Goal 1. In a J-Term course, students expand and challenge their understanding of a topic through direct experiential engagement. 

Specific learning outcomes 

1. Students will describe connections between experience and academic knowledge.


2. Students will analyze factors that contribute to real-world issues or situations.

Possible assessment methods 

Class discussion; essay/paper; reflective journal; assessment by external evaluators (e.g. community members, alumni) who evaluate student discussions or presentations. 

Class discussion or presentation; research paper; reflective journal or paper; assessment by external evaluators (see above). 

3. Students will articulate how they learn through experience and the impact that experiential learning activities have had on their relationship to the world in which they live. Essay; reflective journal or paper; oral interview, presentation, or question and answer. 
4. Students will describe how experiential learning impacted their understanding of a topic.

Assessment of knowledge, skills, and attitudes in relation to a topic (e.g. homelessness) before and after a learning experience using the same instrument. For experiential learning, growth rather than attainment is usually the focus of assessment; knowledge survey. 

Goal 2. In a J-Term course, students engage with learning experiences in a way such that they encounter ambiguity, practice curiosity, experiment, and assume responsibility for their own learning.

Specific learning outcomes  Possible assessment methods 
5. Students will successfully manage uncertainty by developing and testing hypotheses. Coursework; portfolio; work log documenting multiple iterations of work; direct observation by instructor of student work. 
6. Students will identify and independently research topics of interest to them and related to the learning experience. Brainstorming chart; research activity log; concept map. 
7. Students will define a problem and identify strategies for solving the problem. Written or oral proposal; discussion with faculty, peers, or community partners. Project outcomes, such as written summaries, demonstrated success at working with community partners, or tangible solutions produced. 
8. Students will articulate weaknesses and strengths of approaches they have used in problem-solving and identify evidence-based next steps to modify the process. Structured checkpoint self-assessment; work log documenting experimental design, results, and changes made in subsequent stage of project. 
9. Students will describe the ways in which ambiguity and the capacity to work within it contributed to their evolving understanding of an issue or topic. Budner’s Tolerance of Ambiguity Scale. Interview; journal; essay.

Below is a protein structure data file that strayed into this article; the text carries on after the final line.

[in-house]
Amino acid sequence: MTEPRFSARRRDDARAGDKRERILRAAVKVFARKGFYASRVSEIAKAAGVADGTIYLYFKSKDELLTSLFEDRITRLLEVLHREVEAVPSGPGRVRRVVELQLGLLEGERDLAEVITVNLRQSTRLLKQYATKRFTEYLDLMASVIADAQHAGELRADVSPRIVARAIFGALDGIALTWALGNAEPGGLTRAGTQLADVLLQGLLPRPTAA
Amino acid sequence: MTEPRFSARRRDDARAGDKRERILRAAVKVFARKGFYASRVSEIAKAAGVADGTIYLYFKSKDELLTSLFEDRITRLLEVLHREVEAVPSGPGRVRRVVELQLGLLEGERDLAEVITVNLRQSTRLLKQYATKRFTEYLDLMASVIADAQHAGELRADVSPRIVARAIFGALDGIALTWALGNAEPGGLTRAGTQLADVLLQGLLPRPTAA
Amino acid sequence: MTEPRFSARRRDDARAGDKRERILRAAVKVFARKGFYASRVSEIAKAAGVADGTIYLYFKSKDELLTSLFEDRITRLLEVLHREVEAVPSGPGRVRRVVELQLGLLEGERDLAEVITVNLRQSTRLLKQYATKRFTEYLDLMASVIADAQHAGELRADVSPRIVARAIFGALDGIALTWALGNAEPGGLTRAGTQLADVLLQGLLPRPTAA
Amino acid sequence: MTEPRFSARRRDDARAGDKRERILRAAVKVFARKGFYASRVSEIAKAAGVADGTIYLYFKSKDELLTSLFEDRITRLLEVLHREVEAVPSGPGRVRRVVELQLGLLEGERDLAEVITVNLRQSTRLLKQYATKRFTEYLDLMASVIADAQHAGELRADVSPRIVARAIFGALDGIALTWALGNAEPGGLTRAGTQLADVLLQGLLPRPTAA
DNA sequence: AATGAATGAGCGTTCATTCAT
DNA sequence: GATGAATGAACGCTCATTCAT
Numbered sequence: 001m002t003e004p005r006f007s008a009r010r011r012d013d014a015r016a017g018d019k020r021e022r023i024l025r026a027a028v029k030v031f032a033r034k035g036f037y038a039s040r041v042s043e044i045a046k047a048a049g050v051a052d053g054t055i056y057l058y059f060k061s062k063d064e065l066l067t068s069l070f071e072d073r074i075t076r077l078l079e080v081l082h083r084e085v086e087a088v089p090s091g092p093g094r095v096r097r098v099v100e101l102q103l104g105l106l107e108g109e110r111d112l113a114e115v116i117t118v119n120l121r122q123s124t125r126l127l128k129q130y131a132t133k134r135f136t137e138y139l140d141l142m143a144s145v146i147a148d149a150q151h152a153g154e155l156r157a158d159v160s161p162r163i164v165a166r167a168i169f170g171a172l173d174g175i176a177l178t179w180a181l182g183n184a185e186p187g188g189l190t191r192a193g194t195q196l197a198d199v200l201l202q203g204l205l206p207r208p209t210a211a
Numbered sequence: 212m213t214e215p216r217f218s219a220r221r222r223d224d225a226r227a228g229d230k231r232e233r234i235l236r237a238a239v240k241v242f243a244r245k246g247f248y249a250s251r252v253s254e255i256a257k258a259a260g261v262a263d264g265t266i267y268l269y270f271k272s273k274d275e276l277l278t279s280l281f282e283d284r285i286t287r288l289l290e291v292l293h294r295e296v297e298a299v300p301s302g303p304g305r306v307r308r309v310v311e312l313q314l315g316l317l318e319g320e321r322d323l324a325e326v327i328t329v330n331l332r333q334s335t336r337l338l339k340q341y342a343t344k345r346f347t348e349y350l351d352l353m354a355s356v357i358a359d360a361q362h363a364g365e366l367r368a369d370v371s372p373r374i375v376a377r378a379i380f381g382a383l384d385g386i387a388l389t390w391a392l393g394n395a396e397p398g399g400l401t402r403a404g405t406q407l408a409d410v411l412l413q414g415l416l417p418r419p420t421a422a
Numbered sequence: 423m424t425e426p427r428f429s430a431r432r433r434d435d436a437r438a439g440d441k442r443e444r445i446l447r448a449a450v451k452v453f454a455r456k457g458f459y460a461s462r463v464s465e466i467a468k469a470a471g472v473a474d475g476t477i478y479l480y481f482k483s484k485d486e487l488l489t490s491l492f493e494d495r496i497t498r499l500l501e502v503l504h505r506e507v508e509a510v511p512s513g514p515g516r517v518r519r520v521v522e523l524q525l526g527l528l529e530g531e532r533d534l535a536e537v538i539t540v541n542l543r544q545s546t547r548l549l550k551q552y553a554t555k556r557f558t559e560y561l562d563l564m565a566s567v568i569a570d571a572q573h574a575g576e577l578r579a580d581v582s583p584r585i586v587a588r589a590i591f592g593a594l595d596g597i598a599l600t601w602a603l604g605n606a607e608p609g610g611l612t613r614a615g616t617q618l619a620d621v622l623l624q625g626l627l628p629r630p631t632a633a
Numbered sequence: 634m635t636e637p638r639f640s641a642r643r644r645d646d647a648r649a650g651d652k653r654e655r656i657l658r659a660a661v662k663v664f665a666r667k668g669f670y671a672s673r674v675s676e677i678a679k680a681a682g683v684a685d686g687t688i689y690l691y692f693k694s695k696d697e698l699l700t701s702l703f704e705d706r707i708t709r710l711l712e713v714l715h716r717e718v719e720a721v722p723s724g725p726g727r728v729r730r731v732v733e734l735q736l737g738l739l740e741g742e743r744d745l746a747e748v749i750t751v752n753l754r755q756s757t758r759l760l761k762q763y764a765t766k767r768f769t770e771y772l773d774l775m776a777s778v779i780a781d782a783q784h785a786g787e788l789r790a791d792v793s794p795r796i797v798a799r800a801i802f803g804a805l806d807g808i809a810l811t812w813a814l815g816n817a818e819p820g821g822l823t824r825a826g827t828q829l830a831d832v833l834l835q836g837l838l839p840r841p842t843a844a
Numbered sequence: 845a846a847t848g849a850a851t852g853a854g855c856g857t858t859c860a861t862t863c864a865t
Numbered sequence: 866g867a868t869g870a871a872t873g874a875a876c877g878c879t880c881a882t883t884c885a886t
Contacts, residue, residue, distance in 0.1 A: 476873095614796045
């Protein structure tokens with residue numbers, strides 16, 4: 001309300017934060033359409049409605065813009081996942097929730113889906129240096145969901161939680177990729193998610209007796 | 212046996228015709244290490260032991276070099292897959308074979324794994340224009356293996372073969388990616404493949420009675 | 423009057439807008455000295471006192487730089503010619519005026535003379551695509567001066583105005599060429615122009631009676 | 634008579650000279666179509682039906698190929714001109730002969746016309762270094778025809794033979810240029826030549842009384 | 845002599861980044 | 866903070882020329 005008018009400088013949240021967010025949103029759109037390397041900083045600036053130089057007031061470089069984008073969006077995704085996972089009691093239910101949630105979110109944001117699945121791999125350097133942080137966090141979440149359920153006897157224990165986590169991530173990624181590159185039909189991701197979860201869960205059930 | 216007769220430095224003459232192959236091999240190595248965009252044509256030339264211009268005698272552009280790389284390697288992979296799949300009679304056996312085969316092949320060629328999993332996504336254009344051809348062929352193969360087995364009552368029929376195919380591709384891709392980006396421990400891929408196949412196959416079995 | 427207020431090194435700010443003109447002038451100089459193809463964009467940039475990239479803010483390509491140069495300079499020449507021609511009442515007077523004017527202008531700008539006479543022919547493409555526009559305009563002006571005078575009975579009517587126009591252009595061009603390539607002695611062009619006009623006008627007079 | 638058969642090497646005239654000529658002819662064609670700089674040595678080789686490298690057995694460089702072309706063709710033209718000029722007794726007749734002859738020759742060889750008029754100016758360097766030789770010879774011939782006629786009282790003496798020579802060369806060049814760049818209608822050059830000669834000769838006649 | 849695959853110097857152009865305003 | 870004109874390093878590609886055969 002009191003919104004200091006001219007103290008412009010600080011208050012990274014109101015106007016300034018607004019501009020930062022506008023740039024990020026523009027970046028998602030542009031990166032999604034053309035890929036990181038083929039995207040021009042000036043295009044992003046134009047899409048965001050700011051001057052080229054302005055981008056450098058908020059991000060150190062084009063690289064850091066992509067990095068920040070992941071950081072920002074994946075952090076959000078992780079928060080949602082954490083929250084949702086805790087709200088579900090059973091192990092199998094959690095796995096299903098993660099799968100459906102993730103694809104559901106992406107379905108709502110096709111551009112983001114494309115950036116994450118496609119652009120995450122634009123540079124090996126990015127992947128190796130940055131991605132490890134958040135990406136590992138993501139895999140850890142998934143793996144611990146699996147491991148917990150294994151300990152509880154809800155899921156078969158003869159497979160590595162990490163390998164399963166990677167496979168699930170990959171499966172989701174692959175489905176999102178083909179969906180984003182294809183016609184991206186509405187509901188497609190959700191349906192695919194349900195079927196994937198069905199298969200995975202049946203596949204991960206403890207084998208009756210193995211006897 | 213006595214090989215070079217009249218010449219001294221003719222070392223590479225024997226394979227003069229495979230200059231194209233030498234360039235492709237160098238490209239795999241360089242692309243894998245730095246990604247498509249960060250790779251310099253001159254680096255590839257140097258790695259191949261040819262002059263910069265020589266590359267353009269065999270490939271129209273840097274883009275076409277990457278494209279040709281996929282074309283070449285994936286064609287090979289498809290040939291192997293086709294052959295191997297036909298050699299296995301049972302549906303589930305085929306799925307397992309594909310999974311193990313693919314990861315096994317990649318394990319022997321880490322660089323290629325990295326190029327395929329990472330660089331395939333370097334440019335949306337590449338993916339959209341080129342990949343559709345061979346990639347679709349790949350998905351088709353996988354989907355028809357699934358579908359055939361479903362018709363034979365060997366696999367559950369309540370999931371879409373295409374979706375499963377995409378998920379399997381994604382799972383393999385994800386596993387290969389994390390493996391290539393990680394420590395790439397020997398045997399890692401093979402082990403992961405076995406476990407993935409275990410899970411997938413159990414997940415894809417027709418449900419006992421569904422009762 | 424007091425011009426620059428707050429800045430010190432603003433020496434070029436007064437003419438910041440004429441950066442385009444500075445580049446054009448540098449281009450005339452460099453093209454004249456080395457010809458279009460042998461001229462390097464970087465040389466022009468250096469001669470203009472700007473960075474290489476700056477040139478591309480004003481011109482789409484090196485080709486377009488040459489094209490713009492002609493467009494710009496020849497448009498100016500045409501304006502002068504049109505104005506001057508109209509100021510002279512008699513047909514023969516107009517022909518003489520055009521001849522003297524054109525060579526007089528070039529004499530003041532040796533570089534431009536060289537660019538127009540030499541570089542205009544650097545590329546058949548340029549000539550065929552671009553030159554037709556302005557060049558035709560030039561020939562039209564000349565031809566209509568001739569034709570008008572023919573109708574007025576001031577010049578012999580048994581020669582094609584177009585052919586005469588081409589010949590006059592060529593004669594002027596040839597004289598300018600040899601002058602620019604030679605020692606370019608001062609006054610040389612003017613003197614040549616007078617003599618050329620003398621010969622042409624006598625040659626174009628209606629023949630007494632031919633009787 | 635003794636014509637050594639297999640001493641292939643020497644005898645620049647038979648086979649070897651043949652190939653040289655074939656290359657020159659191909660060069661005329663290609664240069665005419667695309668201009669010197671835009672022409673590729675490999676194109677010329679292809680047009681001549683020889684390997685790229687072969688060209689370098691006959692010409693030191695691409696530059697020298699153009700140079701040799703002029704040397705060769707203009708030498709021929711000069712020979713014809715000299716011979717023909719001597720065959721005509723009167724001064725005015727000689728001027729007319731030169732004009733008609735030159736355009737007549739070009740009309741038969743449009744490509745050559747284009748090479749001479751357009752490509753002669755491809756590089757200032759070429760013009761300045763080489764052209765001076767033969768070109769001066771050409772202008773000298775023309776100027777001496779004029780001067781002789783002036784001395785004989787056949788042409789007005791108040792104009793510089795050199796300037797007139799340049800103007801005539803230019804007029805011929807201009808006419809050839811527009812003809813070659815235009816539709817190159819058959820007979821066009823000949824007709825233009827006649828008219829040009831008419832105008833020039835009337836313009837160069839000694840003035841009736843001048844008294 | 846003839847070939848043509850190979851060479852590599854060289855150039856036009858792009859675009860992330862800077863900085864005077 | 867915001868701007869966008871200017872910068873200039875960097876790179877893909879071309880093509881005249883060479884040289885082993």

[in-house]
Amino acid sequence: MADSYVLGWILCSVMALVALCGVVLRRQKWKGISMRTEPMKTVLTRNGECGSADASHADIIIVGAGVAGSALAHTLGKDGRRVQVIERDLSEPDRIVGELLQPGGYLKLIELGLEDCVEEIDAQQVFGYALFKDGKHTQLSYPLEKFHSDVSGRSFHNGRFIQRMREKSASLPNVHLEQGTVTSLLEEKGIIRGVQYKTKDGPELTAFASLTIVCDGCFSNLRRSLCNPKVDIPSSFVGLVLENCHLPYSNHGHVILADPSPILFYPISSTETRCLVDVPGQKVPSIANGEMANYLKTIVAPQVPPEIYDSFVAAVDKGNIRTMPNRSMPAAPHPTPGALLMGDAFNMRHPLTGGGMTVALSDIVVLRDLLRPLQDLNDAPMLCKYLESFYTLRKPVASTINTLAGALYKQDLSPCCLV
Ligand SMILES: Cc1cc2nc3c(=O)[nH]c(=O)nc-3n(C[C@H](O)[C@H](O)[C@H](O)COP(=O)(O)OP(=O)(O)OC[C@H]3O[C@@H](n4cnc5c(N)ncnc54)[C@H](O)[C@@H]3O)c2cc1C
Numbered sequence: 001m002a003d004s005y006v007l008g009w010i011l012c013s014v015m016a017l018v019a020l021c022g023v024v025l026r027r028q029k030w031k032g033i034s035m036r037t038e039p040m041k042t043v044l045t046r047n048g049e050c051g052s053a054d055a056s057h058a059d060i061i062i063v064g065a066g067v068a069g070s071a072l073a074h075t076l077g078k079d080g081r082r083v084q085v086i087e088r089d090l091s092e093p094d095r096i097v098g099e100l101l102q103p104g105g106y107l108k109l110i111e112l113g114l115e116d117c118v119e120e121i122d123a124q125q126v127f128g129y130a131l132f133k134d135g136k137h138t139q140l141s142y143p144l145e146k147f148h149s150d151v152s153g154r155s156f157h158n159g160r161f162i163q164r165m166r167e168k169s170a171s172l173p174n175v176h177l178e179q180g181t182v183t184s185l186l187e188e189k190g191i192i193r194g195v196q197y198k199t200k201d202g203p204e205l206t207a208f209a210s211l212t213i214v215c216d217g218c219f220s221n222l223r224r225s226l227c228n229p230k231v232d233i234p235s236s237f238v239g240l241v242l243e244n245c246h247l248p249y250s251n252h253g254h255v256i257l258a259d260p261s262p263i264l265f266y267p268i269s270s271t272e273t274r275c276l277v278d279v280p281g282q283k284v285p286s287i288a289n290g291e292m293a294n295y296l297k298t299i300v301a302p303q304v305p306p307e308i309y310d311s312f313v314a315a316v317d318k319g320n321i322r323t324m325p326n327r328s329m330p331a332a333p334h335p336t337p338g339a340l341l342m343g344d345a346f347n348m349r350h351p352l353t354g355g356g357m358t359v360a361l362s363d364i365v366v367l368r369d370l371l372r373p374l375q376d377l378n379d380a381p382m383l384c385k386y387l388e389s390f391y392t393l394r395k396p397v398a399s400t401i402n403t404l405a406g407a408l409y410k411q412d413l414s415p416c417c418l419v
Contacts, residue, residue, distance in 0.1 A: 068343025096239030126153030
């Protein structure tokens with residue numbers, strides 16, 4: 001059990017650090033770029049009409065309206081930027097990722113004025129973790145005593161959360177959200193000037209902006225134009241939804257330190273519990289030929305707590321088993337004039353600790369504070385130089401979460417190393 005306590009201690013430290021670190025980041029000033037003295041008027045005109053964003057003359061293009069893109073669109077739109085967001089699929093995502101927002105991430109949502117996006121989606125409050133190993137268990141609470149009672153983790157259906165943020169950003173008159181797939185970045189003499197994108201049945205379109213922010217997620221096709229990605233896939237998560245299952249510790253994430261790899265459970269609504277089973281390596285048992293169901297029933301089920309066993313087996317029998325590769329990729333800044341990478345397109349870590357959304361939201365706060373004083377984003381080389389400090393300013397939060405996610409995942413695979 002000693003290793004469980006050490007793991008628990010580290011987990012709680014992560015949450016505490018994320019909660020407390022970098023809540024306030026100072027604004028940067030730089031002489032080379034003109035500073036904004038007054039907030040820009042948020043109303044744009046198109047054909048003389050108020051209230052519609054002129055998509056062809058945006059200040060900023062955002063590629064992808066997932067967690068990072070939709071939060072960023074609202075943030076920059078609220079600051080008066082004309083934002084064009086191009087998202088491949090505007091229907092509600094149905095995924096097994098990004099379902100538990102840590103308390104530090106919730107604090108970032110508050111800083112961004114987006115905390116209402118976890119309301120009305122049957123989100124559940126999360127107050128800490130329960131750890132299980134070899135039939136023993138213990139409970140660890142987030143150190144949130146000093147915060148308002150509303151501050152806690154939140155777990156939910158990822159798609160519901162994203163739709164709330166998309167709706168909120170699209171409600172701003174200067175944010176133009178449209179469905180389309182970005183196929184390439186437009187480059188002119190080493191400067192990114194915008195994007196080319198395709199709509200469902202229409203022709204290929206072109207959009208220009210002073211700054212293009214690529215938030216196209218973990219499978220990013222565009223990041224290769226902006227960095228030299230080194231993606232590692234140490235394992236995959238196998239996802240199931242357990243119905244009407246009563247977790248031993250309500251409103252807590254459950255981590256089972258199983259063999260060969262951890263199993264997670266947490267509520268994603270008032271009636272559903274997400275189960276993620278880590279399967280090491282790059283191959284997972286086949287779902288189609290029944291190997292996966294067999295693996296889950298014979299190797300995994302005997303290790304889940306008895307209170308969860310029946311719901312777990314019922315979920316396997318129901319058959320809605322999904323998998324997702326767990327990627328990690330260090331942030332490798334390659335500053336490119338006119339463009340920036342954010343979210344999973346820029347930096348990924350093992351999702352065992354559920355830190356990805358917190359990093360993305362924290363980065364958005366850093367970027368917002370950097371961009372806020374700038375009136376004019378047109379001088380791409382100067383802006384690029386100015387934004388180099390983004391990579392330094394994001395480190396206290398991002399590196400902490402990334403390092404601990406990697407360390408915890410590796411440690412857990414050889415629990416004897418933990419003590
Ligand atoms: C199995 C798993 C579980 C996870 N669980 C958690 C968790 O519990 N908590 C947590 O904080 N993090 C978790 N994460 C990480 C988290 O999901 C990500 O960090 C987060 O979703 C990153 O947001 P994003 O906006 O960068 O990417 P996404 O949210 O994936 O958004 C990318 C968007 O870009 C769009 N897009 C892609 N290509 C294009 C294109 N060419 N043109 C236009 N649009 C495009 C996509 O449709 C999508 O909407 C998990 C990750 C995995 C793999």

Goal 3: Students will take prior knowledge and synthesize and apply it to the J-Term experience, and likewise integrate their J-Term experience into their overall understanding of a particular topic. 

Specific learning outcomes  Possible assessment methods 
10. Students will demonstrate synthesis and application of prior knowledge. Self-assessment of what prior knowledge was called into service, and in what ways it was applied. 
11. Students will demonstrate an ability to apply theory to describe an environment. Reflective journal; field journal (e.g., ethnographic, scientific); interview, class discussion. 
12. Students will demonstrate knowledge and skills to work in diverse populations as well as cultural self-awareness and empathy gained through their experiential learning. Reflective journal; field journal; observation of student interaction with community partners or assessment by community partner. 

Practical Information Related to J-Term Courses 

  • Course proposal forms and submission deadlines for J-Term courses not already in the Course catalog can be found at on the Curriculum Committee website. Department chairs will submit the J-Term Course schedule for their departments and faculty using the same process as for the Fall and Spring schedule submissions. Therefore, courses that are already in the catalog but which will be offered in January Term in intensive fashion, need simply be submitted for the schedule by the relevant department chair. The Director of January Term will review the proposed January Term schedule and contract Department Chairs and Program Directors if there are questions or concerns related to the schedule.
  • J-Term courses must meet 40 hours total during January Term. Instructors can choose the class meeting time(s), but must avoid scheduling class during daily Sabbath (10:00-10:20 a.m.) and the common meeting time (Friday, 2:30-4:30 p.m.). 
  • Funding to support J-Term courses (e.g., for van rental for field trips) is primarily available through academic departments. The Office of the Provost has limited additional funding available. Please contact Director of January Term to request a small amount of funding for your course (<$250) or to request charging students a fee for the course.